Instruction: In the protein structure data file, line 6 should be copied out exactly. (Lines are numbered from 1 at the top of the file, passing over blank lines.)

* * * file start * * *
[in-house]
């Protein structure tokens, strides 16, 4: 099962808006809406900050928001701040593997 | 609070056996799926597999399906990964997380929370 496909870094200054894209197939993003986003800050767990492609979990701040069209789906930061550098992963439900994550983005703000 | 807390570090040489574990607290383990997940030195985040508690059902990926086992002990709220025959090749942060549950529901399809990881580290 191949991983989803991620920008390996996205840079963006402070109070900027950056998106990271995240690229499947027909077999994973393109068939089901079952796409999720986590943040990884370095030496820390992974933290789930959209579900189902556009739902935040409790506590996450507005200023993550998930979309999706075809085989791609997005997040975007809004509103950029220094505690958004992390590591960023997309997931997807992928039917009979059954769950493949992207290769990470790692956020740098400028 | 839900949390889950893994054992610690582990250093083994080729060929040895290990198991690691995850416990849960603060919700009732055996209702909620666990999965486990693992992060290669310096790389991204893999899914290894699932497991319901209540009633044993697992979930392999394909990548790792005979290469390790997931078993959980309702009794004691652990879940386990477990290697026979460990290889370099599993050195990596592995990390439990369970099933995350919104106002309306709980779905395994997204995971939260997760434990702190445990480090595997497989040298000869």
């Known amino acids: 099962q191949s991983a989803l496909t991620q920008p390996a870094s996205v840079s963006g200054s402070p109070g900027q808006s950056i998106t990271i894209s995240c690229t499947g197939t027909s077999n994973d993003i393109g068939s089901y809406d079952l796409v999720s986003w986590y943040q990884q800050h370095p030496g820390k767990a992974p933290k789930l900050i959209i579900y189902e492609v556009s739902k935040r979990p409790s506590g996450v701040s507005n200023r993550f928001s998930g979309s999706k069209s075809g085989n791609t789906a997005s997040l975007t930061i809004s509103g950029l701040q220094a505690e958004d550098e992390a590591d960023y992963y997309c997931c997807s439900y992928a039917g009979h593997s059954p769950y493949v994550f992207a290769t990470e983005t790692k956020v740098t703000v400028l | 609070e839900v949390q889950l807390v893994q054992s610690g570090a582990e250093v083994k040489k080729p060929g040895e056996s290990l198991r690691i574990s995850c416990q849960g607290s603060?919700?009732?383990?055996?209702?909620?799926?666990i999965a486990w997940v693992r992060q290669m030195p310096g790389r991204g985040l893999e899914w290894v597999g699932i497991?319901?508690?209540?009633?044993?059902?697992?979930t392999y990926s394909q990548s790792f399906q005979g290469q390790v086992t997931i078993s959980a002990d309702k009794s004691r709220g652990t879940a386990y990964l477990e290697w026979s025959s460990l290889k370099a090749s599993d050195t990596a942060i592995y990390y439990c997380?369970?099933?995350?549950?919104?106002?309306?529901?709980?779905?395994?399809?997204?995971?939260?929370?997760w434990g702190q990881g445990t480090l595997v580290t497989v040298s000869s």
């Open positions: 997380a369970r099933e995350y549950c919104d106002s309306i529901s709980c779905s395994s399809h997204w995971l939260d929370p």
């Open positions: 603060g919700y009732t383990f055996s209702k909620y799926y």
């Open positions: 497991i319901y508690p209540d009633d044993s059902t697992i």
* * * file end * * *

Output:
């Open positions: 497991i319901y508690p209540d009633d044993s059902t697992i």